Premature senescence of mesothelial cells is associated with non-telomeric DNA damage

Krzysztof Ksiazek, João F. Passos, Sharon Olijslagers, Gabriele Saretzki, Carmen Martin-Ruiz, Thomas von Zglinicki

Research output: Contribution to journalArticlepeer-review

43 Scopus citations


Human peritoneal mesothelial cells (HPMCs) senesce in vitro after barely few population doublings. In this report, we show that senescence of HPMCs is associated with increased accumulation of γ-H2A.X foci, which reveal DNA double-strand breaks. Of note, already early-passage cultures contain a considerable fraction (44 ± 10%) of cells bearing γ-H2A.X foci. The γ-H2A.X foci localize predominantly to non-telomeric DNA, either in young or senescent cells. Moreover, HPMCs seem to have unusually short telomeres (∼3.5 kbp) despite the presence of active telomerase. These telomeres do not shorten during senescence, but the activity of telomerase decreases to undetectable levels. In addition, senescence of HPMCs is associated with mitochondrial dysfunction, as manifested by increased production of reactive oxygen species and reduced mitochondrial membrane potential. These results may indicate that premature senescence of HPMCs is largely related to oxidative stress-induced DNA damage in non-telomeric regions of the genome.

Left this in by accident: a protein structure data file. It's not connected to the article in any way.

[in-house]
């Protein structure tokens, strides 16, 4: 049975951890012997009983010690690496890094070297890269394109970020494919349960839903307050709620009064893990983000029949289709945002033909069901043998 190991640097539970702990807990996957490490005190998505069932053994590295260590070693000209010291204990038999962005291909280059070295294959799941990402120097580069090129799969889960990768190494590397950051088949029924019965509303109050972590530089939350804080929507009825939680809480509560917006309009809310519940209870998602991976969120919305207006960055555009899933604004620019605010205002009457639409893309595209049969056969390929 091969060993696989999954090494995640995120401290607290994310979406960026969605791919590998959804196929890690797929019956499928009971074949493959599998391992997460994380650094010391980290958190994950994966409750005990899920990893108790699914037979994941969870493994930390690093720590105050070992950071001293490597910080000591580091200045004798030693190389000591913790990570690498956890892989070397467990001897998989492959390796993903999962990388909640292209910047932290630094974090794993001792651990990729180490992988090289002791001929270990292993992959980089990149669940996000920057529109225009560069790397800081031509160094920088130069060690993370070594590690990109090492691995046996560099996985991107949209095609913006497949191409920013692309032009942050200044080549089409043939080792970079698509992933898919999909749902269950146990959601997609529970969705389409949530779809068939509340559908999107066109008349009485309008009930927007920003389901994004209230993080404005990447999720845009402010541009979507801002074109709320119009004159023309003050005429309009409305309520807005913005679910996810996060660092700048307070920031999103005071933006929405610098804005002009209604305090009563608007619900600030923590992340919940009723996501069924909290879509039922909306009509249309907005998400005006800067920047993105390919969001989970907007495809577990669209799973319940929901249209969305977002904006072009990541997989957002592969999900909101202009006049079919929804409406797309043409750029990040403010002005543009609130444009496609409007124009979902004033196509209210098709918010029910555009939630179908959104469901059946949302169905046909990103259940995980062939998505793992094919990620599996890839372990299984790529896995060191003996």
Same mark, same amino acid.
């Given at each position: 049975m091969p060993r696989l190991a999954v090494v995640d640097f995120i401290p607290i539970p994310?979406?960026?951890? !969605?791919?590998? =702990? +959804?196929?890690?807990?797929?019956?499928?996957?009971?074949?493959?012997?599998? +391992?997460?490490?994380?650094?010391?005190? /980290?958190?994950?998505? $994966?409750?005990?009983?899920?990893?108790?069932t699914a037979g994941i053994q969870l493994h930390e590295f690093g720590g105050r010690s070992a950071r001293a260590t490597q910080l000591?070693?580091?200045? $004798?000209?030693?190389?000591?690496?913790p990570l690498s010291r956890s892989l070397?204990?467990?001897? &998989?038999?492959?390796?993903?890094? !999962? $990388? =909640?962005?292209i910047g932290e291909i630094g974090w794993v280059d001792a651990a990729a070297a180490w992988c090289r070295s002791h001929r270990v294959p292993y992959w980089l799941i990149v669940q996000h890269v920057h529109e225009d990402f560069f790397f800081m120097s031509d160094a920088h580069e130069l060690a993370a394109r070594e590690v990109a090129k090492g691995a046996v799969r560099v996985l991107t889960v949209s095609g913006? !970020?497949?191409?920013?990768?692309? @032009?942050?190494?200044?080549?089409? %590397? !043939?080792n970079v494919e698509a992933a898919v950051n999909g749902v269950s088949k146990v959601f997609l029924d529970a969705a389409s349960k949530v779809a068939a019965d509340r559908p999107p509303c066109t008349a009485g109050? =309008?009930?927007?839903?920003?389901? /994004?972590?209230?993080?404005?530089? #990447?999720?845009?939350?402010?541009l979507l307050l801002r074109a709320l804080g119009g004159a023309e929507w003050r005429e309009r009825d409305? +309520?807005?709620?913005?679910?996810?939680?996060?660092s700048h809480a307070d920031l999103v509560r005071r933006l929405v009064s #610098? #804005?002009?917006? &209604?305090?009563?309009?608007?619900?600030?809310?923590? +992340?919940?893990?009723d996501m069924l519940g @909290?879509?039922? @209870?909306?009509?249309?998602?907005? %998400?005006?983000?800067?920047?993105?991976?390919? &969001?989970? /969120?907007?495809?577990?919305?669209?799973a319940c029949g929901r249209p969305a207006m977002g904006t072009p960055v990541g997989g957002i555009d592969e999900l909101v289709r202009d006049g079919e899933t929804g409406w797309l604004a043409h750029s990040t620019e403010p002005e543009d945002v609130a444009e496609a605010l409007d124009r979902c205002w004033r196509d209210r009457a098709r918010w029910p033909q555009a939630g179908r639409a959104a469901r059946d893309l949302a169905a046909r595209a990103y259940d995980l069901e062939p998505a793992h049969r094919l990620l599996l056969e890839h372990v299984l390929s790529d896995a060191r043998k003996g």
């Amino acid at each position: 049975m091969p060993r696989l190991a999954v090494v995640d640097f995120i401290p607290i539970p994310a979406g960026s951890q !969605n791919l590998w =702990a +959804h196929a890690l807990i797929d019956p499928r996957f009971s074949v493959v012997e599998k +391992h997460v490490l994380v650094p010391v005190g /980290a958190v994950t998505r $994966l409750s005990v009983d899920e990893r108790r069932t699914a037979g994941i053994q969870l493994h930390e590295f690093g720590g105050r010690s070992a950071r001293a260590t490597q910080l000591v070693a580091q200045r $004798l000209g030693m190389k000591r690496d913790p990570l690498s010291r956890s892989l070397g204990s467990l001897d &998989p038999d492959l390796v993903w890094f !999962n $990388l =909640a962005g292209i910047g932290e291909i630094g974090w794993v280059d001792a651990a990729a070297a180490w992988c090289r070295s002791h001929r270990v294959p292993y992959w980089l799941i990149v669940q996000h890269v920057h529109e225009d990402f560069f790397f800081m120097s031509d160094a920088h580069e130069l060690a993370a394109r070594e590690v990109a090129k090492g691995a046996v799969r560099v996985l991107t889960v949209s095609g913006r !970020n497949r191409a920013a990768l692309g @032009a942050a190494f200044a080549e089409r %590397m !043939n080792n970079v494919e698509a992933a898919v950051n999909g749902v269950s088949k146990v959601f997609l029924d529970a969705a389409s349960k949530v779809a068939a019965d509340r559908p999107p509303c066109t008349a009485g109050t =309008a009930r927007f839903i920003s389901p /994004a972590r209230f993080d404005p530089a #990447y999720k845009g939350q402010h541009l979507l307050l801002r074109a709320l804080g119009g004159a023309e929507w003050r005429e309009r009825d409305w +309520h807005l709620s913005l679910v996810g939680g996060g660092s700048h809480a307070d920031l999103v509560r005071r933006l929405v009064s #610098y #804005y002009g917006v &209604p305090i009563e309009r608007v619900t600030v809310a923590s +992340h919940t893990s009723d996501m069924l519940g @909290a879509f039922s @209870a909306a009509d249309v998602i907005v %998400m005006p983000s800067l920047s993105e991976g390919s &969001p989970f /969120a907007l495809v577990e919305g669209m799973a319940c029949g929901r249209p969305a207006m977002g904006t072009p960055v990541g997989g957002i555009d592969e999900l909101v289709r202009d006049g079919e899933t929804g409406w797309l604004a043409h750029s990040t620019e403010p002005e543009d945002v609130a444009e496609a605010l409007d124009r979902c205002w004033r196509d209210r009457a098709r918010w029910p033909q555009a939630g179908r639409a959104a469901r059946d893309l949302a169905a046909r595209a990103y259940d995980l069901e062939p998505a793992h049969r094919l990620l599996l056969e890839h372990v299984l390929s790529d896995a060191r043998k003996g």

Original languageEnglish (US)
Pages (from-to)707-711
Number of pages5
JournalBiochemical and Biophysical Research Communications
Issue number3
StatePublished - Oct 26 2007


  • DNA damage
  • Mesothelial cells
  • Oxidative stress
  • Premature senescence
  • Telomerase
  • Telomeres

ASJC Scopus subject areas

  • Biophysics
  • Biochemistry
  • Molecular Biology
  • Cell Biology


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